President's Message

Karl F. Warner, Q.C.

Marketing: the right service, client, place and price

A lot has been said about law firm marketing lately. From introducing our new marketing rules — and responding to the resulting media coverage across the country — to looking at market conditions in which lawyers are competing, the Law Society has spent a great deal of time pondering the issue.


In our deliberations, we have learned that marketing is not simply about "banquets, brochures and baseball tickets," it is also about delivering the right legal service to the right client in the right place at the right price. In fact, marketing is about the way we as lawyers run our businesses: what law we practise, the quality of our practice, how we find our clients, how we serve our clients and how much it costs for clients to buy our services.

We have also talked about delivering services in a way that is "better, faster, cheaper." Some lawyers have pointed out to me that faster or cheaper may not necessarily be better. While this is true, the message of the mantra is marketing-based. Clients want us to be better at what we do — they want quality. Clients want us to deliver legal services as quickly as possible and not create undue delay. Clients want efficiency and don't want to pay for training time. They want quality, service and affordability.

This is a value proposition — how are we responding to it? The challenge is to ensure that we provide value for the money people pay us. In the age of online legal services, legal guides and forms for the do-it-yourselfers, lawyers still have the advantage of being the legal experts. We are educated, licensed and regulated. Our standards for professionalism and quality of service are high. We are committed to keeping on top of the developments in our profession and in the law.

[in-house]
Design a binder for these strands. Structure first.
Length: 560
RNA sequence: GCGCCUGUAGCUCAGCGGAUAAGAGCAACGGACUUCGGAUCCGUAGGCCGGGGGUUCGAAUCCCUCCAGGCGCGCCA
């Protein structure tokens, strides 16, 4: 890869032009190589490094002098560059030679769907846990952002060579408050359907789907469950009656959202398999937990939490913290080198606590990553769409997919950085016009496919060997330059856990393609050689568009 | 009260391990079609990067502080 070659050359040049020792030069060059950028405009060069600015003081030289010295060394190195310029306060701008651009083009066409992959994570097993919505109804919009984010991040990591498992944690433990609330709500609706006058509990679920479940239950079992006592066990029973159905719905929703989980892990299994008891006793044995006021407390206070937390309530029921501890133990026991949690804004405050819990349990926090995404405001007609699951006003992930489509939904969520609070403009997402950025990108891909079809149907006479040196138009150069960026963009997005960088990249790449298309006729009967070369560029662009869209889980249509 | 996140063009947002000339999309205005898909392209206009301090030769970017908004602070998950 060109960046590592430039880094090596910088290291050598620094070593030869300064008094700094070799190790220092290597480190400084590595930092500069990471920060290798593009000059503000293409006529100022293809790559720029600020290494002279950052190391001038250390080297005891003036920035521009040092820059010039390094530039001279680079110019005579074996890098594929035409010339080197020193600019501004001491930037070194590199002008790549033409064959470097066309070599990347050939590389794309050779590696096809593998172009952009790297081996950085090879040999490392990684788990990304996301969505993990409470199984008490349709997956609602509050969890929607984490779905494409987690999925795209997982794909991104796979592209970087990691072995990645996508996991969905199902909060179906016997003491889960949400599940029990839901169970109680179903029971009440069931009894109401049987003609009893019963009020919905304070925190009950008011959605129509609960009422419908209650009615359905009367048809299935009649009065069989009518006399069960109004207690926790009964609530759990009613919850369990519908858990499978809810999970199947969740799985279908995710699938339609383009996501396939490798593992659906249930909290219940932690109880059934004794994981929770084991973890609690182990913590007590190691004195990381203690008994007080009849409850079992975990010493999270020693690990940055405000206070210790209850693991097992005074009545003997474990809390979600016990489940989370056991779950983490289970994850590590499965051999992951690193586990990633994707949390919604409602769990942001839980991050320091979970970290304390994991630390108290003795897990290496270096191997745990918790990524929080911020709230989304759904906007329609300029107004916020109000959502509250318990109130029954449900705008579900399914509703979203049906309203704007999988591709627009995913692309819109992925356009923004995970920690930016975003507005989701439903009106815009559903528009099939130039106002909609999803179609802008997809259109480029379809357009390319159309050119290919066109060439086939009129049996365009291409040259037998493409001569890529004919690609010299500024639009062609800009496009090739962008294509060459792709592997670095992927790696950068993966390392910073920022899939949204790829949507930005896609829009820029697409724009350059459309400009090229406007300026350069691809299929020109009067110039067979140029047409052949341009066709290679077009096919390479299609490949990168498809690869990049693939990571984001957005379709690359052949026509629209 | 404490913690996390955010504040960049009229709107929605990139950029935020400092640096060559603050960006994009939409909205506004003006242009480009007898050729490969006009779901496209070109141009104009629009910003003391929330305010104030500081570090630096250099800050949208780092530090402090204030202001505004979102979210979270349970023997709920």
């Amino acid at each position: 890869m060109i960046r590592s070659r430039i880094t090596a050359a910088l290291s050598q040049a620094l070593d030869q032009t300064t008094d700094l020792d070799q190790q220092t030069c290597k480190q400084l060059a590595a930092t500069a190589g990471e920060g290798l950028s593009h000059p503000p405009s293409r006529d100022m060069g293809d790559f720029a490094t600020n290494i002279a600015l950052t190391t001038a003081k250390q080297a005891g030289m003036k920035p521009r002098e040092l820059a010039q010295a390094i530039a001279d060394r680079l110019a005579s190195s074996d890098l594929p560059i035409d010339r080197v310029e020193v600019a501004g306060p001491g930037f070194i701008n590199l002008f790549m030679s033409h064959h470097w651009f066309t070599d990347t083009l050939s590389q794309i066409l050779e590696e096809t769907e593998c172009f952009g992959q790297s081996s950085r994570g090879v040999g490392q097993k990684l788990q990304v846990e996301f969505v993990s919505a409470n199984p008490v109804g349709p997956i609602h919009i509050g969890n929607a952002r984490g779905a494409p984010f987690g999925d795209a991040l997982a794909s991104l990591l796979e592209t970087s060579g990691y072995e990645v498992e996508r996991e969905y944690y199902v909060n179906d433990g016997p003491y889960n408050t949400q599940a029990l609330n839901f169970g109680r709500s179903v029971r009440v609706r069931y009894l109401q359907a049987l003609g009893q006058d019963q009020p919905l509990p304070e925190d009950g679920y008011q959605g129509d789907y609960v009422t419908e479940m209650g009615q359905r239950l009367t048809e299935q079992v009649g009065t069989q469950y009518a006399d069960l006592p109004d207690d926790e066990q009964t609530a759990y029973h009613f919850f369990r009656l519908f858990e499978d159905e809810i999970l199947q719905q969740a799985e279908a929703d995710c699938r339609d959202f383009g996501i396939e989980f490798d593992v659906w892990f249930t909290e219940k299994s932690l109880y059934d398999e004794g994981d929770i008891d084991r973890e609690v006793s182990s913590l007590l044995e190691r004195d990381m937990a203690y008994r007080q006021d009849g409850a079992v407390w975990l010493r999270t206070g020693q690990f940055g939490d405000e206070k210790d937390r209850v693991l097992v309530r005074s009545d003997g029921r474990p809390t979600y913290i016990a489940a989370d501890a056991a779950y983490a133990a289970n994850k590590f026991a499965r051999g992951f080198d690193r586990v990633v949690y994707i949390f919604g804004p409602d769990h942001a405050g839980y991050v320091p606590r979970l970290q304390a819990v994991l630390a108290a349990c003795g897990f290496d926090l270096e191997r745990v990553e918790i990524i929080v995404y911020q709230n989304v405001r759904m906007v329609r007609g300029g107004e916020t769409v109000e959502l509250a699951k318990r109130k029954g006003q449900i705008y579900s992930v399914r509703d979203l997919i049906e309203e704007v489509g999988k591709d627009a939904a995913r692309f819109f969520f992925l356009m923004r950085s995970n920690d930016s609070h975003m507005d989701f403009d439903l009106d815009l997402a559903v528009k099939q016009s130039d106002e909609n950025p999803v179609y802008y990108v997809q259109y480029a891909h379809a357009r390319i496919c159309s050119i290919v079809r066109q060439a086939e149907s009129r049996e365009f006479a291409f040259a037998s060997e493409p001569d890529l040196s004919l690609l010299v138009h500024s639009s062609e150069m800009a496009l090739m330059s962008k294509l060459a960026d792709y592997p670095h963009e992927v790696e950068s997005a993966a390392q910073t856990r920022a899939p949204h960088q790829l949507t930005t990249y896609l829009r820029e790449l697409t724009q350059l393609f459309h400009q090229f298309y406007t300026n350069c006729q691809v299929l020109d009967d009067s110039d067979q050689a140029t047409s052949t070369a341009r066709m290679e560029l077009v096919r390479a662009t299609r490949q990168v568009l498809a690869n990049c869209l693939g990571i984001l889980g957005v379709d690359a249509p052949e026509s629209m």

We are called upon to demonstrate value — both within the profession and in response to non-lawyer competition. We must therefore be able to show the public that we are worth paying for. This means that we have to be on top of our game, know what we are doing and provide services "better, faster and cheaper" in the long run.

This is why marketing becomes more important and the Law Society is committed to helping lawyers improve their marketing skills and efforts. For example, in the Spring, the Law Society hosted a series of one-day marketing workshops for B.C. lawyers. The workshops were free to the profession and took place in Victoria, Nanaimo, Kelowna, Prince George, Surrey and Vancouver. These "Marketing 101" workshops emphasized what marketing really is (as opposed to what some of us think it is), and how web and case management technology can enhance a firm's overall marketing efforts.

The feedback we have received on the workshops has been excellent, so positive in fact that the Law Society will continue to sponsor similar workshops this Fall and Winter. These will be half-day sessions, covering specific marketing issues. We are currently developing the topics and, based on the feedback we received from the general workshop attendees, are considering sessions on marketing planning, marketing communications, case management and other aspects of technology and client relations. If you have topics of specific interest, feel free to contact David Bilinsky, our Practice Management Advisor, at

As a profession, it is up to each and every one of us to ensure that our marketing is client-focused and competitive. The marketplace is growing more crowded and our best defence will be a good offence through effective marketing.